id: 05645058
dt: j
an: 2009f.00653
au: Fanta, Giulia; Nowakowski, Brian
ti: Modeling the effects of fragmented habitats on Costa Rican jaguar
populations.
so: Pi Mu Epsilon J. 12, No. 10, 593-602 (2009).
py: 2009
pu: Worcester Polytechnic Institute (WPI), Mathematical Sciences, Worcester, MA
la: EN
cc: M60 I70 K90
ut: mathematical applications; biology; population dynamics; ecology; dynamical
systems; mathematical models; deterministic model; stochastic model;
equilibrium; Jacobian matrix; migration
ci:
li:
ab: From the introduction: In recent years, biodiversity in Costa Rica has
suffered a dramatic decline, due largely to habitat loss and
fragmentation. In particular, this has had a severe effect on jaguar
(Panthera onca) populations, which require vast expanses of territory
in order to thrive. One of the most promising solutions proposed for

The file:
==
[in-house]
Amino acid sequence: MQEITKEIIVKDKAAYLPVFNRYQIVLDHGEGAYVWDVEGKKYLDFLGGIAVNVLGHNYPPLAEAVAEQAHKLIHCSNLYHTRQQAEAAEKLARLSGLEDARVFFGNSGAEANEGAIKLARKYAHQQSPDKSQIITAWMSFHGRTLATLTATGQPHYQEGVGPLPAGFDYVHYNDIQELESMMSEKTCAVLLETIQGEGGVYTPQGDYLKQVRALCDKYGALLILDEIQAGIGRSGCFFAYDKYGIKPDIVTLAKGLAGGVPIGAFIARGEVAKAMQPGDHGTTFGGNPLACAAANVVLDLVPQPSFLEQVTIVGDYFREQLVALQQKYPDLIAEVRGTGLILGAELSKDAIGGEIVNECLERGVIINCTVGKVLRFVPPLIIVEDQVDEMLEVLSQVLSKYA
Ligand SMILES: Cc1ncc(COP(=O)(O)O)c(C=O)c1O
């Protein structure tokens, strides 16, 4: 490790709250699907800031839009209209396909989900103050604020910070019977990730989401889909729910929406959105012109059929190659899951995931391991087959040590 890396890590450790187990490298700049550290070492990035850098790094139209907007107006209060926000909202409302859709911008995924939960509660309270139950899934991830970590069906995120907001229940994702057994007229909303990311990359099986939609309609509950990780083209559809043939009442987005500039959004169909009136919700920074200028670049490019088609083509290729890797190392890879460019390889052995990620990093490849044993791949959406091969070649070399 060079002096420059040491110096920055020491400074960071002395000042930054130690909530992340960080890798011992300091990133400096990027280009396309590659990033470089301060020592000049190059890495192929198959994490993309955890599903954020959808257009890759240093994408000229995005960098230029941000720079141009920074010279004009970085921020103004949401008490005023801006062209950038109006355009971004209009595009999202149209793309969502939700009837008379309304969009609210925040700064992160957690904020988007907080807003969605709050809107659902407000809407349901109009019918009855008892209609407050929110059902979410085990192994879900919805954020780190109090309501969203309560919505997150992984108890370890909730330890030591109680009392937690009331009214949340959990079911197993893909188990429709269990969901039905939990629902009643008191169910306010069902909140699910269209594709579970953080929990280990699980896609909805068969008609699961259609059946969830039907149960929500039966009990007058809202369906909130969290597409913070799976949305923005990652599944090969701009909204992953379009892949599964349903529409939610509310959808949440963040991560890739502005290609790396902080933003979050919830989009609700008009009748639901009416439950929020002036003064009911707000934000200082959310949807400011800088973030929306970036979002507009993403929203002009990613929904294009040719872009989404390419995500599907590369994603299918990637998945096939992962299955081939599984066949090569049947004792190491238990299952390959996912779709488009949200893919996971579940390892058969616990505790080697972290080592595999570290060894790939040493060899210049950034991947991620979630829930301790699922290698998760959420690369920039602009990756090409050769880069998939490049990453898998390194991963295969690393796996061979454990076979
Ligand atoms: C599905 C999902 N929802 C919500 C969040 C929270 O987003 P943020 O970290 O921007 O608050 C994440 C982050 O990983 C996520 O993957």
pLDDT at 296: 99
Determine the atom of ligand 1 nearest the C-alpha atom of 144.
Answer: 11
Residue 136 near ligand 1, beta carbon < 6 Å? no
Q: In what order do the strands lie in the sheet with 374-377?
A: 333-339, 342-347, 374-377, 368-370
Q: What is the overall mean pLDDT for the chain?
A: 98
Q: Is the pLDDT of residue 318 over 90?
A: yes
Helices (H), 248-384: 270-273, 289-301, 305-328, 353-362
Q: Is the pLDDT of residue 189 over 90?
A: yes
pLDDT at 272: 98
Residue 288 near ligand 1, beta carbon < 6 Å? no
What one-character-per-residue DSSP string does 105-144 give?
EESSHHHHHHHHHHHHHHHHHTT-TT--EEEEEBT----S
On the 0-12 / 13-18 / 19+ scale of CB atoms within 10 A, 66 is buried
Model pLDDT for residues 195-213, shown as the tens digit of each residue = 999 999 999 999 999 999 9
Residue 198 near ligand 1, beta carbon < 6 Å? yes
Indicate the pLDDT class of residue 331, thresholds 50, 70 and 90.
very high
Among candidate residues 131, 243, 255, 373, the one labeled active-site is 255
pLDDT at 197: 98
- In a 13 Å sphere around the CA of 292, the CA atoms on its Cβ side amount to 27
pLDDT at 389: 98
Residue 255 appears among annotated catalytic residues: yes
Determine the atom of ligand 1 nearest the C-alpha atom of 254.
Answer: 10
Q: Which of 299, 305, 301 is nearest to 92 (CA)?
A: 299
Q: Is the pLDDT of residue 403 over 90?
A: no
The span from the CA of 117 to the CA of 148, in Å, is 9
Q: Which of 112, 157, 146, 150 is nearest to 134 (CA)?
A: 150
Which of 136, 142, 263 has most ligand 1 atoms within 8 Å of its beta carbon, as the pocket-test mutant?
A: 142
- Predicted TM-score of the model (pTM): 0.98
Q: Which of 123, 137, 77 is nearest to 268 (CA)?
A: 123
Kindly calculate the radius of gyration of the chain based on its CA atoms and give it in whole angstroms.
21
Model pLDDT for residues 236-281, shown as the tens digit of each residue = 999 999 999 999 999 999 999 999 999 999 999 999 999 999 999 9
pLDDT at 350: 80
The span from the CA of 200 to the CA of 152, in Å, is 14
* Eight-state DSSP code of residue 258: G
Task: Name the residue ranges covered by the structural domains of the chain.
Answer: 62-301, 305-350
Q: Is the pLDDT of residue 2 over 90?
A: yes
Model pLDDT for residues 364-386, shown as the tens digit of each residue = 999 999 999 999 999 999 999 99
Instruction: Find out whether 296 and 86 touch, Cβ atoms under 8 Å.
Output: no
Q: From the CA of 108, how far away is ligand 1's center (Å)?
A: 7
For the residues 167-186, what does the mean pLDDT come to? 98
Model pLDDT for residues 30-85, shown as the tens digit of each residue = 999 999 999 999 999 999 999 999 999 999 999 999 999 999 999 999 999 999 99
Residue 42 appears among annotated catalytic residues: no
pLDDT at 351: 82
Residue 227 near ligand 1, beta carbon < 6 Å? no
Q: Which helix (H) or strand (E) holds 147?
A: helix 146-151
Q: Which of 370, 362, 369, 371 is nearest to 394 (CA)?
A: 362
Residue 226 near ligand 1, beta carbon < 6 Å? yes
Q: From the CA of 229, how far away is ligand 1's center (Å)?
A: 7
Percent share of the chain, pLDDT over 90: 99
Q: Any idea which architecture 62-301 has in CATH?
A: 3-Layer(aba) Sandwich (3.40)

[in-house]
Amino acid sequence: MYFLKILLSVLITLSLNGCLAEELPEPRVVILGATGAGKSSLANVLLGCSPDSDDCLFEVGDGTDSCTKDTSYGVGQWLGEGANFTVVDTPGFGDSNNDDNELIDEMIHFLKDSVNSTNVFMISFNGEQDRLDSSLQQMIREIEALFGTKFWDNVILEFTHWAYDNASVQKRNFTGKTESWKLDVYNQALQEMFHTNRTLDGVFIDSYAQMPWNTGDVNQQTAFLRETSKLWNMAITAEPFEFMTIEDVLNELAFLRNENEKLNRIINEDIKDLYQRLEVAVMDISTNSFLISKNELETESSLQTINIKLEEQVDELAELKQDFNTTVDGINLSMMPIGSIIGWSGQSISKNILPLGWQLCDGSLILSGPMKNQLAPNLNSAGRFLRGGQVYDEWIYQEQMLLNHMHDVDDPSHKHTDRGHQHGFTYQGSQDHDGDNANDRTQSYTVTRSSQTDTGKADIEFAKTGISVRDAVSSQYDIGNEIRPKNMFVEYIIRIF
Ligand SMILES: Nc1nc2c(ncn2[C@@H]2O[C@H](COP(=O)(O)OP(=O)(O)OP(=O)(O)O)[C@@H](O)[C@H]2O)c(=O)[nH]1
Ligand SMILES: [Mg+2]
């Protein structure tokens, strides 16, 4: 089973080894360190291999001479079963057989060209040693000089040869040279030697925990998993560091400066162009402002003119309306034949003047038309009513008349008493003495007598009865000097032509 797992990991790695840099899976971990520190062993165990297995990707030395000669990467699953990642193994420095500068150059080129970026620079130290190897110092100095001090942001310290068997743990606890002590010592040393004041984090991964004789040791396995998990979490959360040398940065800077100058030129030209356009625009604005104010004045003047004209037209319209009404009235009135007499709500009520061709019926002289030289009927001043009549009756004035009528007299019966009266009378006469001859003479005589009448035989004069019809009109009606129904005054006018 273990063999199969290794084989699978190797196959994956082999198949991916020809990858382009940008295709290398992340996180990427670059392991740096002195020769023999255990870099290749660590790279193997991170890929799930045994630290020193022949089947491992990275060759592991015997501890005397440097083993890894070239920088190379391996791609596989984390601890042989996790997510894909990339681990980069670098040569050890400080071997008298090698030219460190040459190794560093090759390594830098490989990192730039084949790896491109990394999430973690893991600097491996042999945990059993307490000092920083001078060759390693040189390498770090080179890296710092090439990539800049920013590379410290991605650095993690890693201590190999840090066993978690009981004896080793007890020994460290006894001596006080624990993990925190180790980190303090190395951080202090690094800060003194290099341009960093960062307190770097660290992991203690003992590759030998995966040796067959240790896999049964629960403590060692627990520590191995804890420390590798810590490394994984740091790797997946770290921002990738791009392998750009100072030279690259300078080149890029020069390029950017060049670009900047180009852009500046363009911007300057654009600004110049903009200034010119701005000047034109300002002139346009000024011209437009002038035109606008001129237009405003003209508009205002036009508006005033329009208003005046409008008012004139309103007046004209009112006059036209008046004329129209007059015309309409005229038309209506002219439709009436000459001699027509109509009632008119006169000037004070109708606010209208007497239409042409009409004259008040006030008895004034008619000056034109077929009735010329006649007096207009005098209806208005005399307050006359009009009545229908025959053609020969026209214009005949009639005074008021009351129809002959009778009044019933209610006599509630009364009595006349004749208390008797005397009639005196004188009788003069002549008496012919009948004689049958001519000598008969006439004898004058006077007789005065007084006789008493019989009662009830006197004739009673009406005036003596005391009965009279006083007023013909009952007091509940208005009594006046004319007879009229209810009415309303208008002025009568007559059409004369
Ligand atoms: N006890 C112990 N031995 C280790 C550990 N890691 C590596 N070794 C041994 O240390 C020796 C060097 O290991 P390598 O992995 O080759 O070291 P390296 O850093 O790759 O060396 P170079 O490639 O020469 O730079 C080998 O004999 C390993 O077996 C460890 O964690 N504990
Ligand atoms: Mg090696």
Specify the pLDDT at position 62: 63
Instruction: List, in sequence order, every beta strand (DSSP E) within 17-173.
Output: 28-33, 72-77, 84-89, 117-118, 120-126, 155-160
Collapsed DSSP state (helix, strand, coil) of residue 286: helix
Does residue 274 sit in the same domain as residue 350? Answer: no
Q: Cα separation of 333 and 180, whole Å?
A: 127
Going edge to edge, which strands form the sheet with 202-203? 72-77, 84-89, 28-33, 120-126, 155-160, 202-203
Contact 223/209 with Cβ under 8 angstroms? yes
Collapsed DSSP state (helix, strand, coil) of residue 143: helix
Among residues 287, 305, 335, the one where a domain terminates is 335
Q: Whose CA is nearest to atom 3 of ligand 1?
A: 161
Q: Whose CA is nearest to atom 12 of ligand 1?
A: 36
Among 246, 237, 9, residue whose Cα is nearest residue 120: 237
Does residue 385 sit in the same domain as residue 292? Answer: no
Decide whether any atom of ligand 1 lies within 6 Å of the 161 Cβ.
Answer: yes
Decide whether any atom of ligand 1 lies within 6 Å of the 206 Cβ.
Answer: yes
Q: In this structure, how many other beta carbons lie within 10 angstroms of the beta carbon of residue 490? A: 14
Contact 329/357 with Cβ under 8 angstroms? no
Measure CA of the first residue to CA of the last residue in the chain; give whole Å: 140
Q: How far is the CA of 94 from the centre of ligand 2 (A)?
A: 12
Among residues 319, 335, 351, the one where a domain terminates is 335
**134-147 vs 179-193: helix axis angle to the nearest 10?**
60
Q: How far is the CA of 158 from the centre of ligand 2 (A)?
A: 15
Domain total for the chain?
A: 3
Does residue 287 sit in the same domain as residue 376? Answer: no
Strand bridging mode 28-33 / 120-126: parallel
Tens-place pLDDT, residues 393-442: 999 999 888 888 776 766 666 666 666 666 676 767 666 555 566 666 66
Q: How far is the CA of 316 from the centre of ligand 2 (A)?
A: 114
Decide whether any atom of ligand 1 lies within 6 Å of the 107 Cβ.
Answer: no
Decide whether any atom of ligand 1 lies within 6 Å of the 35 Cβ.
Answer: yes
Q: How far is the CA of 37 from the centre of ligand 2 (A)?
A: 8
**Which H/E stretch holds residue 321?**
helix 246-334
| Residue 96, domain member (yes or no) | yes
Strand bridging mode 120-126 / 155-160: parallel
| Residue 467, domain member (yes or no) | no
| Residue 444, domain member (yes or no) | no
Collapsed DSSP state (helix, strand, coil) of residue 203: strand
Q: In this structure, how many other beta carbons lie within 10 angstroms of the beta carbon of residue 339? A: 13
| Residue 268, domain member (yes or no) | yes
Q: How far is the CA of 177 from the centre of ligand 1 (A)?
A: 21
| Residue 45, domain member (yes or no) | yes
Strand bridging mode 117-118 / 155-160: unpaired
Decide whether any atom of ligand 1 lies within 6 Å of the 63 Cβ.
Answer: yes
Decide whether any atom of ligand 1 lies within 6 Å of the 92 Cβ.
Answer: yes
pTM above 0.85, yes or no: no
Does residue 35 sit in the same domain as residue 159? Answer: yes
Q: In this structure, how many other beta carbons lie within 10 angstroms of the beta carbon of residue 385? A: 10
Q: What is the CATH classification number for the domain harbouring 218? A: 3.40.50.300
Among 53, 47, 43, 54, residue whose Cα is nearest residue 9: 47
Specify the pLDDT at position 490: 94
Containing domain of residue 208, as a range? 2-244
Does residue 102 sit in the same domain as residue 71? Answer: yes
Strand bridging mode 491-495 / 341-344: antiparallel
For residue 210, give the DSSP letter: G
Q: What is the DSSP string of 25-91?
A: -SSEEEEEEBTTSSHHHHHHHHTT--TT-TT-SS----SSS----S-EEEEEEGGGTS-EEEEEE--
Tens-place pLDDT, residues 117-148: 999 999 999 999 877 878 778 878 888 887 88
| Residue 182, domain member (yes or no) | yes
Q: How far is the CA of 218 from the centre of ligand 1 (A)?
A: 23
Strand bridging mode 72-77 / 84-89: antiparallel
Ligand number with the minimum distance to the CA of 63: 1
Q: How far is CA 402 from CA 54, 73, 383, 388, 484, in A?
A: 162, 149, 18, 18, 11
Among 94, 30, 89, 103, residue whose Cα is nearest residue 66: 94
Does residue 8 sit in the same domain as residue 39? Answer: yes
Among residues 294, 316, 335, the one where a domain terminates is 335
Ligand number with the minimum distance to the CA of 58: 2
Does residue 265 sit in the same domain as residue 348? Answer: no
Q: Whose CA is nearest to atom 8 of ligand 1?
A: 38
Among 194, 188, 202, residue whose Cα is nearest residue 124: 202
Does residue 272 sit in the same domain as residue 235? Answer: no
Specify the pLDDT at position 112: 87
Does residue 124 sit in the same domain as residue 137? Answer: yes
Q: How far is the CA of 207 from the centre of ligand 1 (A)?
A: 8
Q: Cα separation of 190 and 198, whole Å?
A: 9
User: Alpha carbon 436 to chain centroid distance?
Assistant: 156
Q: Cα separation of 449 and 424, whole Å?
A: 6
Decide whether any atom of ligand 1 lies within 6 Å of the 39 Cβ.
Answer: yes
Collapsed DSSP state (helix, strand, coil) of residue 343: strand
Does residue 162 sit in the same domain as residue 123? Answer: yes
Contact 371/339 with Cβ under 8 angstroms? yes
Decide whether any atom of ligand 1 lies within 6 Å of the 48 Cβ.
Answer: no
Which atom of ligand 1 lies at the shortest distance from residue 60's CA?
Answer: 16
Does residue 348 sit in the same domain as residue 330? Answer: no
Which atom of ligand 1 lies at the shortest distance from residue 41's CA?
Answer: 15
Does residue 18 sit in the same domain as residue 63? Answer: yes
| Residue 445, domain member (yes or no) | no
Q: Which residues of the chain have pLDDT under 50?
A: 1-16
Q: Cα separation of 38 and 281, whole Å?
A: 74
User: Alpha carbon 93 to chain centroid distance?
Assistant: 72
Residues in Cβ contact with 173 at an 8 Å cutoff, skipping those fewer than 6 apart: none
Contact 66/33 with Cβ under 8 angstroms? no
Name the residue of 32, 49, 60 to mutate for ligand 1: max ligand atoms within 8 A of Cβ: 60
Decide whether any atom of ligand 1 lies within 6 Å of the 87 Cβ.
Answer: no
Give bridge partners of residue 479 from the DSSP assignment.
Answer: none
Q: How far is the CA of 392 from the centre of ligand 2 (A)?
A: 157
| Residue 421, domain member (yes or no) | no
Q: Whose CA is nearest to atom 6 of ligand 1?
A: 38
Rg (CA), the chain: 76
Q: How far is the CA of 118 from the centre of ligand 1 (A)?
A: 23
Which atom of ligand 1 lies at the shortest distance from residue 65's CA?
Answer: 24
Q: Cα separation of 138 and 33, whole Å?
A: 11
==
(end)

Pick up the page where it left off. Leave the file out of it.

fragmented ecosystems (both Costa Rican and otherwise) is that of
connecting viable habitat patches with “corridors.” However,
habitat restoration is often expensive, and corridor efficacy is not
well known. Costa Rican jaguars in particular have been studied
empirically for many years, but there have been no attempts to model
the population mathematically to our knowledge. This makes it difficult
to predict the effects of conservation policy on population levels. The
objective of this study is to lay the framework for a model of Costa
Rican jaguar populations and subsequently examine the effects of
wildlife corridors on population dynamics in patchy habitats. We will
first explain the structure of our population model, both for a single
patch and two-patch habitat. We then implement and analyze the model
deterministically and stochastically. We will compare the effects of
patch connectivity and carrying capacity on jaguar populations and
suggest future directions for study.
rv: